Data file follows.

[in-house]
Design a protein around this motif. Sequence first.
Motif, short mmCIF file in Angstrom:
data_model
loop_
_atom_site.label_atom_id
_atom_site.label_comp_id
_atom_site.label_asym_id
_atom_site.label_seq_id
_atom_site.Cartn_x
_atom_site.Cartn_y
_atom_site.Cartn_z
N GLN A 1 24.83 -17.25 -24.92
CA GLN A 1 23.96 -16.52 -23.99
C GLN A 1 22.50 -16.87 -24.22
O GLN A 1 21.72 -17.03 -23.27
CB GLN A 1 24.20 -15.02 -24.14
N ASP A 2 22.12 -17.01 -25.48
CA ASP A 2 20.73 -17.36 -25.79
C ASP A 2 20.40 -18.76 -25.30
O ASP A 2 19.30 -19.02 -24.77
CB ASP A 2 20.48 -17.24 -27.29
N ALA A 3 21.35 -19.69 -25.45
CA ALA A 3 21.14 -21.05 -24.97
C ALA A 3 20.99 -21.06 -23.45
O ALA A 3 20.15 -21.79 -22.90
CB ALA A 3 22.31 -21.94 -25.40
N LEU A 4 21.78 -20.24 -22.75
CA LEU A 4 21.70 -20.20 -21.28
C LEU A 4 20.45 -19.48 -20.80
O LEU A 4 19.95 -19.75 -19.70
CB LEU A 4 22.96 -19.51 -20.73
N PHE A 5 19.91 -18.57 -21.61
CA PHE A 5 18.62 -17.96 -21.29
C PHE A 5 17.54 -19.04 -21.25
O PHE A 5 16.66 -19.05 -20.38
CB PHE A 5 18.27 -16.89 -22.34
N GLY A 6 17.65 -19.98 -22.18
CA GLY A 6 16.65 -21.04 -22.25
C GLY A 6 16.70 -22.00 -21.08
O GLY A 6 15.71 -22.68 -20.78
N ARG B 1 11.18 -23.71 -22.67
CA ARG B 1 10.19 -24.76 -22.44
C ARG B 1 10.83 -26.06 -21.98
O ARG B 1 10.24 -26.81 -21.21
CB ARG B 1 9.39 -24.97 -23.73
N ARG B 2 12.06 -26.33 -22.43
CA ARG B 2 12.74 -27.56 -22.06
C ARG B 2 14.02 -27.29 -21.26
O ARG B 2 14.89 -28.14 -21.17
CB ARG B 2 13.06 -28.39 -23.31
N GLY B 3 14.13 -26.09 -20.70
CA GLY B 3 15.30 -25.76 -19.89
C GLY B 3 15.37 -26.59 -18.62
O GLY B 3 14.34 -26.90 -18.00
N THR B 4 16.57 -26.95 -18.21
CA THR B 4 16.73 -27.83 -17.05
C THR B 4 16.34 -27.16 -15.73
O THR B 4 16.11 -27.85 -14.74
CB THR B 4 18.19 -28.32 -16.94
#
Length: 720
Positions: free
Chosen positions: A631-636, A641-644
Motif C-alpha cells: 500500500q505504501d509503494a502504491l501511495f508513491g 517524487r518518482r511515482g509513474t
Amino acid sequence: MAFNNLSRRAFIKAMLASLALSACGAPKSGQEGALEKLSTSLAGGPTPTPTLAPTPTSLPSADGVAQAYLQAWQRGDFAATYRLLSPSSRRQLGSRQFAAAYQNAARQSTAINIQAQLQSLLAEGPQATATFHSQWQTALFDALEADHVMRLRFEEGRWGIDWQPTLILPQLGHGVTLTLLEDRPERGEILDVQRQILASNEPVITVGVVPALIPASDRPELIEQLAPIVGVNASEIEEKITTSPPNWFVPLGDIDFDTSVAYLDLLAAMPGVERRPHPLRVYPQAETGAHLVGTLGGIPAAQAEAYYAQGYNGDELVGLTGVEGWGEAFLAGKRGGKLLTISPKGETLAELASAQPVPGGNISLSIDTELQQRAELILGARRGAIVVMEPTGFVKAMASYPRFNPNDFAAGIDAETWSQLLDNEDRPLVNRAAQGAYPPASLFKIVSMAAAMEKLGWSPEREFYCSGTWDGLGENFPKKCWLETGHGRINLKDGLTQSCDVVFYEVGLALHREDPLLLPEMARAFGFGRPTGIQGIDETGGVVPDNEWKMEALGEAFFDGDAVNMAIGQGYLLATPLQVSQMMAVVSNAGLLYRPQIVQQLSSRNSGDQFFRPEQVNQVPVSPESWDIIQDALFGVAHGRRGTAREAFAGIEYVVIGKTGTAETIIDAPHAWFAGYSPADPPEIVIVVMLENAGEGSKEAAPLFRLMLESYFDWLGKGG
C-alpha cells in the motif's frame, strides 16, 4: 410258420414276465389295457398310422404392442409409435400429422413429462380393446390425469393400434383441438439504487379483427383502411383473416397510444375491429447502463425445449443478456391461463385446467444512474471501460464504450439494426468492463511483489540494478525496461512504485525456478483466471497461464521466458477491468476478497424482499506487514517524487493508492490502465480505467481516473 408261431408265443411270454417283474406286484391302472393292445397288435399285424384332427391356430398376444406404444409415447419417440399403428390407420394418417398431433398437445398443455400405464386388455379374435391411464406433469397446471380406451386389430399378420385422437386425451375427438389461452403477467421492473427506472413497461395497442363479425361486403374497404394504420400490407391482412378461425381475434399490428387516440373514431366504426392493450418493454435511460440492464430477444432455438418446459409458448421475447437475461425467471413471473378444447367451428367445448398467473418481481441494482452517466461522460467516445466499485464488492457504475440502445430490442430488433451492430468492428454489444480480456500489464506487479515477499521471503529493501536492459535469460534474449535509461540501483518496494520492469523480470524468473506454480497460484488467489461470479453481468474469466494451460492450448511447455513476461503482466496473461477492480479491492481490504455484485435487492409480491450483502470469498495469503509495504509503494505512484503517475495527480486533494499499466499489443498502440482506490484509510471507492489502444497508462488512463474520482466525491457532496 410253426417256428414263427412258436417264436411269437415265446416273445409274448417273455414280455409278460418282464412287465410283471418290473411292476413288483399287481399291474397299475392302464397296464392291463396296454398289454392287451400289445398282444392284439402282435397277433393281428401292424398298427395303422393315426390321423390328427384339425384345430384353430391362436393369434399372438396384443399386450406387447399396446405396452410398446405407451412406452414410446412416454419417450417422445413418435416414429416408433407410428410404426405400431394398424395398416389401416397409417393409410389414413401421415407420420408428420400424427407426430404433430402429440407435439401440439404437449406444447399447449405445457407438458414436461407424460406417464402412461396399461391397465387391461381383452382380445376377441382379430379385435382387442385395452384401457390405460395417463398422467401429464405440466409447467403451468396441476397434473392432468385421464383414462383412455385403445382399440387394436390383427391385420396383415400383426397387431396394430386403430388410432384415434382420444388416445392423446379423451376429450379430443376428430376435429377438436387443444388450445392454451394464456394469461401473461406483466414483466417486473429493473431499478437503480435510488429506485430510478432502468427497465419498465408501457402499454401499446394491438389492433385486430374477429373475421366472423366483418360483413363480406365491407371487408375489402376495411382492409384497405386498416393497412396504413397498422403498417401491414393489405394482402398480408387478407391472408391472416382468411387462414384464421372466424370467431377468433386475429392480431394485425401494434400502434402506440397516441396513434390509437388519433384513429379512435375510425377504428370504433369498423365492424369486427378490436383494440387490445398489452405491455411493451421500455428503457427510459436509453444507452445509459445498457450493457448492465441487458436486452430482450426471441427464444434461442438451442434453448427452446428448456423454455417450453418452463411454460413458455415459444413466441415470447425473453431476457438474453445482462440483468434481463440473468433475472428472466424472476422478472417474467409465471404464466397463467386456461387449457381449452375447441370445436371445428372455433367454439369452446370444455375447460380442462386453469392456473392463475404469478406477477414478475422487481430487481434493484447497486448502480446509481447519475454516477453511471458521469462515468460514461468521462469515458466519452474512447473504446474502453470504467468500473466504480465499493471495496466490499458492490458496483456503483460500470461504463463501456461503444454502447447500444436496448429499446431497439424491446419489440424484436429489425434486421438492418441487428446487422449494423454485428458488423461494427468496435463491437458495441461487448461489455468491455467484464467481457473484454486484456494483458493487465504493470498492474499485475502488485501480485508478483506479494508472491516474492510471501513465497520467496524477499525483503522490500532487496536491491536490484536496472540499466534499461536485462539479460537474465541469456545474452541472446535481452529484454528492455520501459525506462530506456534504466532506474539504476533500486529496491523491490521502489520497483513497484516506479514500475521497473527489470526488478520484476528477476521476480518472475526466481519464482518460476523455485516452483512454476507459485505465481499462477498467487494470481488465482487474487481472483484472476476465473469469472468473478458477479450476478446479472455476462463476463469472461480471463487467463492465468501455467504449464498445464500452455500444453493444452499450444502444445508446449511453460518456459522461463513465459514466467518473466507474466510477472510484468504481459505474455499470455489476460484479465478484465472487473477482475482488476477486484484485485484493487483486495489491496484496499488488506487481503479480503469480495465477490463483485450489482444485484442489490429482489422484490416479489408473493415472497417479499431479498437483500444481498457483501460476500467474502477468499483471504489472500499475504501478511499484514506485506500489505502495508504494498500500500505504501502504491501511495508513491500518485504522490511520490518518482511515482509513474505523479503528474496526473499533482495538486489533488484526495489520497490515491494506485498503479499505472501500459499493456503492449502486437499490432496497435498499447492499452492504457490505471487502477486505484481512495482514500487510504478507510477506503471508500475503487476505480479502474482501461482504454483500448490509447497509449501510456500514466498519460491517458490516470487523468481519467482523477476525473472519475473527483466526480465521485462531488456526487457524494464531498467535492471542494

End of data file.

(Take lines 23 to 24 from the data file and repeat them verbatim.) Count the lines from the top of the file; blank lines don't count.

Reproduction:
N ALA A 3 21.35 -19.69 -25.45
CA ALA A 3 21.14 -21.05 -24.97